Search Courses

Psychology

Dear prospective Psychology student,

What is Psychology
Perhaps one of the most popular A-levels and subjects to study further at university, Psychology is the scientific study of the human mind and behaviour. In psychology, we ask deep and meaningful questions about human nature, why we are the way we are, why we like what we do, what can go wrong in our mental health and how to support those with mental illnesses.

What is the point of Psychology
A psychology A-level will equip you with an understanding of the theories behind intelligence, relationships and how to influence human behaviour. Widely considered one of the most universally useful areas of study, psychology helps you understand all aspects of human behaviour, which is why it can be applied broadly.

What are some of the theories of Psychology
Below are some activities to explore just some of what we encounter in our study of the human mind and behaviour.

Theories of Attraction – These relate to what we find physically attractive. Why is it we like certain faces and not others?
The babyface hypothesis suggests one reason - it suggests that young animals tend to have certain features that make them cute: they have big eyes, large forehead, squashed up nose. This preference however doesn’t only apply to babies but also to adults.

Which face do you think is the cutest of the 6 below? Choose one for each row.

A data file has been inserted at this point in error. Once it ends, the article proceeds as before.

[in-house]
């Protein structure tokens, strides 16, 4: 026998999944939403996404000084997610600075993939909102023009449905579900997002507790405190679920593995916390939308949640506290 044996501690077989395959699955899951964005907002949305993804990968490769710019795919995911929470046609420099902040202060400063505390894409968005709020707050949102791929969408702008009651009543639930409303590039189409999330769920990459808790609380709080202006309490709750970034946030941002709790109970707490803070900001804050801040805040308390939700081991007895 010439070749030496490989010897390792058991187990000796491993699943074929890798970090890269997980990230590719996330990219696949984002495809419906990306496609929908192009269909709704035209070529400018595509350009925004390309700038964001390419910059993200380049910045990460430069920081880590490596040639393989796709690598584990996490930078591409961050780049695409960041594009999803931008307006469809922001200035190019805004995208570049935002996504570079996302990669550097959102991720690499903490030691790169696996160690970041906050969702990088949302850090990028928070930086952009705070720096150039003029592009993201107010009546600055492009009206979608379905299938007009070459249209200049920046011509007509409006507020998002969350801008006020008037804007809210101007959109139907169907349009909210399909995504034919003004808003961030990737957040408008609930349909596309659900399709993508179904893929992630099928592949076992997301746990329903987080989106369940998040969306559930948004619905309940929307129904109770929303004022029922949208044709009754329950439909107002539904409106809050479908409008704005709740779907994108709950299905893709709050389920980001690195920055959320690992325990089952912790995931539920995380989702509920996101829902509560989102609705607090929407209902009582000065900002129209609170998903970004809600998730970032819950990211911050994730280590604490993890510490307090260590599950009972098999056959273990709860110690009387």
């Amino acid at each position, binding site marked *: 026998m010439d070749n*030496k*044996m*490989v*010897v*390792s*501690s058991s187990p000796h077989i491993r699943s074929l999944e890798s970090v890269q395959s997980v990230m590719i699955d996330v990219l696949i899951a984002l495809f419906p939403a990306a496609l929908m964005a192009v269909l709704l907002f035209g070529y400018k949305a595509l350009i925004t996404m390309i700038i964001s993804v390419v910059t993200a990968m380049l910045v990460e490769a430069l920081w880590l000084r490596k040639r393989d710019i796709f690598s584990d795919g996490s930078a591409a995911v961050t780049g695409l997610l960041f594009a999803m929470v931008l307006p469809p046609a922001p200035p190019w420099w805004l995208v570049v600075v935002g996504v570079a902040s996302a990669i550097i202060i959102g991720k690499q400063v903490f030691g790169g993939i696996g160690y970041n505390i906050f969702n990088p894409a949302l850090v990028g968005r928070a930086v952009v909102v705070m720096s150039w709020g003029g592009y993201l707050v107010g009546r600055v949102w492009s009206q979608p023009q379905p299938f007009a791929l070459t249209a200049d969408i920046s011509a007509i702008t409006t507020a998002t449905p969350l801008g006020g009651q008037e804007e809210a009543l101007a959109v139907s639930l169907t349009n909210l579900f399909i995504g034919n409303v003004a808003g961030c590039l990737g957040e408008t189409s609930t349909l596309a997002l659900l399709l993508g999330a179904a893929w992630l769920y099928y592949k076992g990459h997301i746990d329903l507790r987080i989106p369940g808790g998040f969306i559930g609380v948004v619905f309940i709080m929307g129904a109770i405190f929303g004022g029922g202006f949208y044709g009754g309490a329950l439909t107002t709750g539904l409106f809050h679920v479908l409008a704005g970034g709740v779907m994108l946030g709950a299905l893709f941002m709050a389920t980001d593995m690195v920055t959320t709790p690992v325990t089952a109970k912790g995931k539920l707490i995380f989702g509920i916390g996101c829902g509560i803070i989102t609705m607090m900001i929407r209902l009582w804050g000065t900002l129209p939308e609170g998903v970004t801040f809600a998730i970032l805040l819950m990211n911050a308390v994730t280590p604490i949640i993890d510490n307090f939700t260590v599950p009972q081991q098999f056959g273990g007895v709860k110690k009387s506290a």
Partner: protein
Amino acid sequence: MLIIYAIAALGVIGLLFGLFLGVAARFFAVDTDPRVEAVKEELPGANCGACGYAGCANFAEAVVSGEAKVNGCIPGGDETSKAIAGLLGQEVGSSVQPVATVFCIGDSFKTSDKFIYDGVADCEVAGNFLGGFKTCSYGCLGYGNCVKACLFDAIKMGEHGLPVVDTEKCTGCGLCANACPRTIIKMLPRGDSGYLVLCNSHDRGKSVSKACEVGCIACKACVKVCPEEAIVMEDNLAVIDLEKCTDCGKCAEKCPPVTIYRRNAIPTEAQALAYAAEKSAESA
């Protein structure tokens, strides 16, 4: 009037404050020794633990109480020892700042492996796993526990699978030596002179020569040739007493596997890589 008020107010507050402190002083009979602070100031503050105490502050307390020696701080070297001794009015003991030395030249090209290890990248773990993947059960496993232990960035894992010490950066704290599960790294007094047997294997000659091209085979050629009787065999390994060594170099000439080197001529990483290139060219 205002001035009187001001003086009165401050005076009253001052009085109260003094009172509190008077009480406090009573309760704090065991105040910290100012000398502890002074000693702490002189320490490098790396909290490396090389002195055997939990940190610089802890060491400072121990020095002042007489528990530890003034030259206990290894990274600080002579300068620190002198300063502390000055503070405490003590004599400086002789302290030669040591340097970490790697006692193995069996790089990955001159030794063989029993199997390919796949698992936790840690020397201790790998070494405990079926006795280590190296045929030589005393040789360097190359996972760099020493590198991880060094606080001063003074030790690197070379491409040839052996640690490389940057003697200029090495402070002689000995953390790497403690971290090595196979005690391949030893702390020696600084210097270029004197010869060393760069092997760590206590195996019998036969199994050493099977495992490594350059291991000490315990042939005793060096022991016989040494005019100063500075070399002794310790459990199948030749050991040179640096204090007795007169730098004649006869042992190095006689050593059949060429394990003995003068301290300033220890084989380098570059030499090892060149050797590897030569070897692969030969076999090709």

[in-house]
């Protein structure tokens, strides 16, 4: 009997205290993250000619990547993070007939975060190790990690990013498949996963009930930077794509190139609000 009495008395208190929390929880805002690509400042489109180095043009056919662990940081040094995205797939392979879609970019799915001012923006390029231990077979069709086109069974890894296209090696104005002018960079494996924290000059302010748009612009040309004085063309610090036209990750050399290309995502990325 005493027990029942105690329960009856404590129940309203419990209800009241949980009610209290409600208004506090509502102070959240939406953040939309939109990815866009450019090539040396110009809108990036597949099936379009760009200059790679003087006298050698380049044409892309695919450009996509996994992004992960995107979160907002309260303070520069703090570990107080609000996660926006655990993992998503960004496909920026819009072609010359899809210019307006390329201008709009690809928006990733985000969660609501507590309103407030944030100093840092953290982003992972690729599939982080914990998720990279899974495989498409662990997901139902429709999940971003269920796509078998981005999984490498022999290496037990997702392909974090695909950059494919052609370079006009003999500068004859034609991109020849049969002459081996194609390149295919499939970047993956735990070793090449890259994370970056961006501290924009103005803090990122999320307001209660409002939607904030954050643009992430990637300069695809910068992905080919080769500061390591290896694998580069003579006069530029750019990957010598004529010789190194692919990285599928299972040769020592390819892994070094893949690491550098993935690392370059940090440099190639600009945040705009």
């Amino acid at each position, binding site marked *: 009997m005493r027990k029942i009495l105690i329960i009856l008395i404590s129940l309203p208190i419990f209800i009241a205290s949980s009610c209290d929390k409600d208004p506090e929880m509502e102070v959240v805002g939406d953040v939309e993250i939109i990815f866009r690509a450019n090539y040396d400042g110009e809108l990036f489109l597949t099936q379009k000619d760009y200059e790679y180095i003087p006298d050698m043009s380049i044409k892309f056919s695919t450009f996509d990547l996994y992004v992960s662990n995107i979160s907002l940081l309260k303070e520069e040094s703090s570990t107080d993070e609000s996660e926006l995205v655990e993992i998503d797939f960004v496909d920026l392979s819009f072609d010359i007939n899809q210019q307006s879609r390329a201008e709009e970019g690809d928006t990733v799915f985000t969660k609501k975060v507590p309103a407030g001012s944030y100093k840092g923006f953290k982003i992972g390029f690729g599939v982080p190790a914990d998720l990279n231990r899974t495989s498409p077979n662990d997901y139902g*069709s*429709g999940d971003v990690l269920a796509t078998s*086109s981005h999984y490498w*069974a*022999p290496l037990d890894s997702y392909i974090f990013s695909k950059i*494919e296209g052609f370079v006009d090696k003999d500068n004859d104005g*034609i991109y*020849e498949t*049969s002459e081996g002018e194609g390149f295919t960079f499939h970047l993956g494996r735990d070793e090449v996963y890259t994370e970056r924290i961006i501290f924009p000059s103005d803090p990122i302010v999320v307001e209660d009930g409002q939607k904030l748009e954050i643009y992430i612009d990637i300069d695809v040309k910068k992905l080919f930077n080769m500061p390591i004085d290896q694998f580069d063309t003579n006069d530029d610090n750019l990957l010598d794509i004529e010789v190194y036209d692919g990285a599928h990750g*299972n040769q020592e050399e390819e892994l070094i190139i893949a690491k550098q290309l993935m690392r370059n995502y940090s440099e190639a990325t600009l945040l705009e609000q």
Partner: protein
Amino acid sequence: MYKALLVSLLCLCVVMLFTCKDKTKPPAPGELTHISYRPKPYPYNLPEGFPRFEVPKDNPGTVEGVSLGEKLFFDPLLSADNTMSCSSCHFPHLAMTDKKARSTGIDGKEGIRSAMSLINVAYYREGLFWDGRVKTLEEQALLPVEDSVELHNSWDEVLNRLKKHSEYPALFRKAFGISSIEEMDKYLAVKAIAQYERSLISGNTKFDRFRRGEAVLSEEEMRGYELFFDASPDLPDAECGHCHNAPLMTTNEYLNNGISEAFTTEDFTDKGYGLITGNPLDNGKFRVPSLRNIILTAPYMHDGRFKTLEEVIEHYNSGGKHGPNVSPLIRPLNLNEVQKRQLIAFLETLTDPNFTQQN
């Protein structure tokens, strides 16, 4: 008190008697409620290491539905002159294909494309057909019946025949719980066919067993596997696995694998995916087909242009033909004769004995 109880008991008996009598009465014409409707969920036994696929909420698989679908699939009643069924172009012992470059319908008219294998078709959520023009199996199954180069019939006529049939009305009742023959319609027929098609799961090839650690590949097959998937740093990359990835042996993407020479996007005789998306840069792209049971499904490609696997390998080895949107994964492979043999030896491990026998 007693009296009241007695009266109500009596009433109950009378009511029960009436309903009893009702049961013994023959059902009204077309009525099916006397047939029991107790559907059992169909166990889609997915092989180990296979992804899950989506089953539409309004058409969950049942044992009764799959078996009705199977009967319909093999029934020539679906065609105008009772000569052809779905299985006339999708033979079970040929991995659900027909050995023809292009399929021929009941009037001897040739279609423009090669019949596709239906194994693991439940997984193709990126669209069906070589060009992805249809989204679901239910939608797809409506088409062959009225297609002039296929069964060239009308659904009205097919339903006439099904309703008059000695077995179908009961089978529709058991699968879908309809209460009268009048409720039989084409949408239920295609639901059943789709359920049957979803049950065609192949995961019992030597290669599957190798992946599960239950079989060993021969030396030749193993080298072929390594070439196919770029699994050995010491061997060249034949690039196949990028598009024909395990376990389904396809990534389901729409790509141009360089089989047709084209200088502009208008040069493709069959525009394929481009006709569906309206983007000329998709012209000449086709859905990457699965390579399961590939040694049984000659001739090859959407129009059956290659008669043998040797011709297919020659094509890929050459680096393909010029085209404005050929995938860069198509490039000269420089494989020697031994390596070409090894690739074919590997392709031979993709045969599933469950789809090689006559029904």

The faces farthest to the right are the most “babyfaced” and the faces to the left have had the eyes and foreheads made smaller.
 
Theories of why we are the way we are? – The debate about what makes you is still ongoing in psychology. The main discussion being are our personalities due to nature (our biology & biological determinism) or nurture (our environment & environmental determinism). To psychologists, this has probably been one of the main focuses in research.
 
Psychologist Wescott created a questionnaire to measure what determines each of our behaviours.
For each statement consider how you feel in relation to the situation using a 5-point scale:
5= Very much    4= Quite a lot    3= Somewhat/a little bit    2= Very little    1= Not at all
  1. As the end of term approaches I am up to date with all my work. I plan to spend the rest of term in both study and relaxation. I am in the process of setting my own priorities and making schedule for myself which will include both.
  2. Sometimes I am not actively engaged in any particular activity, I have nothing to do.
  3. All day long I have had a nagging headache, and I have just realised that it is gone.
  4. Getting all ‘A’ marks on my report is something I would really like to achieve. With some difficult courses this seems a very unlikely outcome. A ‘B’ average does seem reasonable within my reach. By lowering my aims, I go for the more certainly attainable goal.
  5. It is midday and I’ve gone to the cafeteria for lunch. I’m standing in line looking at the array of sandwiches, soups and salads. I am deciding what to buy for lunch.